And my idea is basically this: Our services and liturgies offer us a model in concentrated form of what we should be trying to think about and follow for the rest of our week.  They don't do the job on their own, though they are particularly valuable as you are doing them.  But their main value is in acting as a model of spiritual discipline and the things we should be thinking about all the way through the week. In order to help us reflect on those ideas and grow in holiness.

By repeating these elements: 
 By repeating these elements on a weekly basis we establish them as a rhythm for our lives and through that they hopefully sink into our soul. 

As St Paul said, we should grow in prayer (and worship) until we “pray without ceasing”, until it submerges into us and becomes just an unconscious part of our character all the time.

 To give what I think is a similar example: take the way we approach Christmas, Easter, Pentecost or or the other Christian festivals, and indeed the cycle of the whole Church year.

 Our secular lives are also a series of repeated cycles day after day and year after year, and our religious lives follow that.  At those times we particularly remember that part of the Christian story and why it is important for us but we also have in our minds the rest of the Christian story, and we also remember those times the rest of the year.

We don’t just think about Christmas at Christmas and Easter at Easter, but try to hold the whole truth of God’s plan in our minds & hearts as a holistic whole throughout the year. But still we celebrate the festivals every single year as a big cycle that repeats itself but that hopefully grows deeper into our hearts with every year that comes around.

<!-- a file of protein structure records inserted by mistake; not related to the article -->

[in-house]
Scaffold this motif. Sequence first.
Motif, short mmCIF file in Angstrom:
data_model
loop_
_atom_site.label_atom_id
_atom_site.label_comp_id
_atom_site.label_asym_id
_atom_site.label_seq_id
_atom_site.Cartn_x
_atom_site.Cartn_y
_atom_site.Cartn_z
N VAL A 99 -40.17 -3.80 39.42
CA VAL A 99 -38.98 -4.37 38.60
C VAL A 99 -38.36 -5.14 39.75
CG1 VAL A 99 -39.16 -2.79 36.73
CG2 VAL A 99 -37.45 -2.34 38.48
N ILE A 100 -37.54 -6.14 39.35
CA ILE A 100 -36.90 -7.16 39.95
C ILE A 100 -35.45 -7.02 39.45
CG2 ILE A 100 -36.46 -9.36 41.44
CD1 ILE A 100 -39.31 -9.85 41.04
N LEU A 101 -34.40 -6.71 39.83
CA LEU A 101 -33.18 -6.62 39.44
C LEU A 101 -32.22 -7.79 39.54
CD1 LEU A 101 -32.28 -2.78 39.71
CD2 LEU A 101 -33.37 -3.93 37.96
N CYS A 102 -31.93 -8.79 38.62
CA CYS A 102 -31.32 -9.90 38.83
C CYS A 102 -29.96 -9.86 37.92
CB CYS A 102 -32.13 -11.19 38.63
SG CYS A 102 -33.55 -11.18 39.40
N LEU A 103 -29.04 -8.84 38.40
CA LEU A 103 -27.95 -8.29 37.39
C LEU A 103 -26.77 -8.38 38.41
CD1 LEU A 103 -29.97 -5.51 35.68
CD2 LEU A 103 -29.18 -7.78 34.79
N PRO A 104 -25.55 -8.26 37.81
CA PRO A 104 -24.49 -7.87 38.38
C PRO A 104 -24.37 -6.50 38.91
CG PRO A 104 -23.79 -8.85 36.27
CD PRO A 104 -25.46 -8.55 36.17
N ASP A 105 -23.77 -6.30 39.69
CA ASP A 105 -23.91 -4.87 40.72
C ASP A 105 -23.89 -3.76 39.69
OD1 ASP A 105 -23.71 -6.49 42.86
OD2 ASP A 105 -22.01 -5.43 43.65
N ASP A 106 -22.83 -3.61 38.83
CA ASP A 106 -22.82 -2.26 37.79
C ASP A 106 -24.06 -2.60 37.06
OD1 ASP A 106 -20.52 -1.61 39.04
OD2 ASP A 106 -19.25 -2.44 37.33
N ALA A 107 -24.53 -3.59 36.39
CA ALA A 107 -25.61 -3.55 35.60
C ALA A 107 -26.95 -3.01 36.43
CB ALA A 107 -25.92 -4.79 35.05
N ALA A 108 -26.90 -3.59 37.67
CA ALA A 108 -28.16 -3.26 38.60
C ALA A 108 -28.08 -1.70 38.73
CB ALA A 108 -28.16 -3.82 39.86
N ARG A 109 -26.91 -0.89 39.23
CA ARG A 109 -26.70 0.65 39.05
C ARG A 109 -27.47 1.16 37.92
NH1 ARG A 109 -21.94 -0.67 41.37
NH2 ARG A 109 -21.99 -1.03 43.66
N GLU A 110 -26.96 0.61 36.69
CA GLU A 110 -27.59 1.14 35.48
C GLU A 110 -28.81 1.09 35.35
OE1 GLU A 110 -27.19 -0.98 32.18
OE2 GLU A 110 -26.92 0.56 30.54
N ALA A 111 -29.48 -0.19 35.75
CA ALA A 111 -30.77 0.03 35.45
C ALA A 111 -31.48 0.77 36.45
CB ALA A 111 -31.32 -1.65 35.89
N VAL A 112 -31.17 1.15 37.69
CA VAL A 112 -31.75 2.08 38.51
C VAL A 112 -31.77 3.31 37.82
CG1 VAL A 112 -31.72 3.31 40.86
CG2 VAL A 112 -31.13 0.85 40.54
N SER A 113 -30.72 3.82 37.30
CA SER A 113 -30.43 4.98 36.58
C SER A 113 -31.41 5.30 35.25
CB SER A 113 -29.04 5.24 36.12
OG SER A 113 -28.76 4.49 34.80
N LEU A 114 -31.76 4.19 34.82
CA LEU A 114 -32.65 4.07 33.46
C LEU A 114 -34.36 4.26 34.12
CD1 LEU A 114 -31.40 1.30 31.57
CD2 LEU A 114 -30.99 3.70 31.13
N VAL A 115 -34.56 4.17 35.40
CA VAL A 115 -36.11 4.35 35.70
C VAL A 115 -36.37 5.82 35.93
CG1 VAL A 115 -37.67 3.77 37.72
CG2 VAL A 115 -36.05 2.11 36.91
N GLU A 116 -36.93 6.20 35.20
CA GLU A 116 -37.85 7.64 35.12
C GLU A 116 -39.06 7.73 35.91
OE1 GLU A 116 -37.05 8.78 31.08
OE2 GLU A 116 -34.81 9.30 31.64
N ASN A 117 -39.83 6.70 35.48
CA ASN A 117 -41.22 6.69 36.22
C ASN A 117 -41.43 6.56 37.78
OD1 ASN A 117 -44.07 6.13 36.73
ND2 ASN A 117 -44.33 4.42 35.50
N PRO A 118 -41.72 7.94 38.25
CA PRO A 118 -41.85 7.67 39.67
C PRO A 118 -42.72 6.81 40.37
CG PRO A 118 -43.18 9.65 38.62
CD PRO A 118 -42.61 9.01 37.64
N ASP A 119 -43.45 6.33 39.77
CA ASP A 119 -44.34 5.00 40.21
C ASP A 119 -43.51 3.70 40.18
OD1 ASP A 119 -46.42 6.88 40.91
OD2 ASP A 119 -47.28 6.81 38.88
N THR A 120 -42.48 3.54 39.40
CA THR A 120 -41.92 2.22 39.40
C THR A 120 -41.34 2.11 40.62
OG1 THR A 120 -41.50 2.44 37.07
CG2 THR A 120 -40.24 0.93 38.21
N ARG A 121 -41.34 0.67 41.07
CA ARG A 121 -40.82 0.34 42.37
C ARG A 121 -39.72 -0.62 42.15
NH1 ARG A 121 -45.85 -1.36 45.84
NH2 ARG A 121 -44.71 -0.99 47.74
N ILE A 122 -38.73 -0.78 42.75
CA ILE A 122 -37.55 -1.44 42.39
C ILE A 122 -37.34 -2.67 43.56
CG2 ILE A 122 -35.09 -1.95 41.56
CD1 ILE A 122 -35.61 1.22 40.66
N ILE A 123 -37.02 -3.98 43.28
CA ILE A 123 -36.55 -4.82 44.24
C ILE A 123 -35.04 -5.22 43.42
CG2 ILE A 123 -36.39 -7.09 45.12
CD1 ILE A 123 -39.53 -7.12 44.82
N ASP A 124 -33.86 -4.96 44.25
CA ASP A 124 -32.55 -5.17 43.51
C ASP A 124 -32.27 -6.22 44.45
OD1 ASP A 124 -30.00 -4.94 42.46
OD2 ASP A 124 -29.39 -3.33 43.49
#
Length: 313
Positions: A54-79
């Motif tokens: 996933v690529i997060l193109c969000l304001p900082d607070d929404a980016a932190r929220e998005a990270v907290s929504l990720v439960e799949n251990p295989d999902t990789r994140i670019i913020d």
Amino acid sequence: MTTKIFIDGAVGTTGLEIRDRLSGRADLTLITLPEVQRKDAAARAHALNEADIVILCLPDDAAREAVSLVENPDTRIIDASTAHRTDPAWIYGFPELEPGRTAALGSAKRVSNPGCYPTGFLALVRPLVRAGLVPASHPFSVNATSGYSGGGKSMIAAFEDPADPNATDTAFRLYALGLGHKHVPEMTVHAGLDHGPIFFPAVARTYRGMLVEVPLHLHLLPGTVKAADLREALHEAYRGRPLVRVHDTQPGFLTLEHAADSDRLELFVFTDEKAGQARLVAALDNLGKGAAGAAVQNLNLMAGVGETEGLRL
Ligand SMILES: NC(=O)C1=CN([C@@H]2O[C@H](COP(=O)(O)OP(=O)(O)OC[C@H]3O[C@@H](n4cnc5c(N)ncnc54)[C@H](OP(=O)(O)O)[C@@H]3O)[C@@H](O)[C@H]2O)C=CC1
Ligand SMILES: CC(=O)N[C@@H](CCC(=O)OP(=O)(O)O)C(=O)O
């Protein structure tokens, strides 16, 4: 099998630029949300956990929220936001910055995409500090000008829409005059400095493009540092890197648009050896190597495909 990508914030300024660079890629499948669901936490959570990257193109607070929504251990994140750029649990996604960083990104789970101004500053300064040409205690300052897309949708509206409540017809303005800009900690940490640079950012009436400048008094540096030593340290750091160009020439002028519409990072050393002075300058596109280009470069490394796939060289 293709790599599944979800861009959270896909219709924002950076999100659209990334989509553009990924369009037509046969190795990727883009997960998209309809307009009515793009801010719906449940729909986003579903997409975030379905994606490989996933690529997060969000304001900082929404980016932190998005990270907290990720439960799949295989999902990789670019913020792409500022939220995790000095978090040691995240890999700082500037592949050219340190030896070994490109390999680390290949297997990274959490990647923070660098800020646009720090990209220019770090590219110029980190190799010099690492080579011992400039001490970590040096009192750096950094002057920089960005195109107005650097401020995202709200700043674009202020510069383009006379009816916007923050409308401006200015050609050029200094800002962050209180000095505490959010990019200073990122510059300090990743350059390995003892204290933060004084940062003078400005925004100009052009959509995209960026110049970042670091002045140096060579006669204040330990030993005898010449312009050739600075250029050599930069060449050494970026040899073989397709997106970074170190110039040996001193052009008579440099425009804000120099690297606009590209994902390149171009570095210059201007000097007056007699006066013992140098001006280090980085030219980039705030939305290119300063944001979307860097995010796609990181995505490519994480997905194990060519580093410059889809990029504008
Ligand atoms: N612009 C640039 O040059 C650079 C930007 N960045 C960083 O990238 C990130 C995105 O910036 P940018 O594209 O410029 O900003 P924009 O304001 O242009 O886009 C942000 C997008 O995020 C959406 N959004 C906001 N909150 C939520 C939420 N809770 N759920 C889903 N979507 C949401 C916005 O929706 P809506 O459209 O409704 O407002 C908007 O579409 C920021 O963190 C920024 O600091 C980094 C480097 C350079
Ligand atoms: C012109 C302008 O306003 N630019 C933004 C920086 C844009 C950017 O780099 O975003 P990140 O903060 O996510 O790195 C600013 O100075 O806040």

The thing is then that I don't think this process is going to occur automatically unless we're very lucky.  We can, I believe, help the process along by giving more attention to what we are saying and doing in services, whether while we're doing it or the rest of the time, and actively think how we can draw lessons from it, what it is trying to teach us, and how we can apply that to the rest of our lives. 

Hopefully then by doing it this will help us both to appreciate our liturgies and services more, and help us the rest of the time by providing an easily memorable basis for the rest of our spiritual lives.

So now I’m going to throw this a bit more open, and repeat some various parts of the liturgy (taken from the Anglican version, so please excuse me for that) and I want you to think about it is for, what important spiritual principles, stuff, do you think it represents and it is trying to do. Why is that important, and how we can we integrate that into our general lives, and where does it come from in the Bible, in the message of Jesus.

Again, I think this can be in two main ways.  The first is then to try and take the message of these bits of liturgy out into our ordinary lives outside church, to repeat them to ourselves and to use them as a guide in our everyday, and the 2nd is to bring that outside experience into Church, into our performance and worship of the liturgy as we are saying it in order to fill it with meaning and examples from that everyday life .

The wonderful thing about all these elements of liturgy is that they are, for want of a better word, catchy. One way we can possibly try to grow into these elements is just to repeat them to ourselves outside church, whether on the bus or before we go to bed or night, or briefly while sitting at our desk, and listen to how they sound, think about each word we're saying, each phrase, what they mean for us.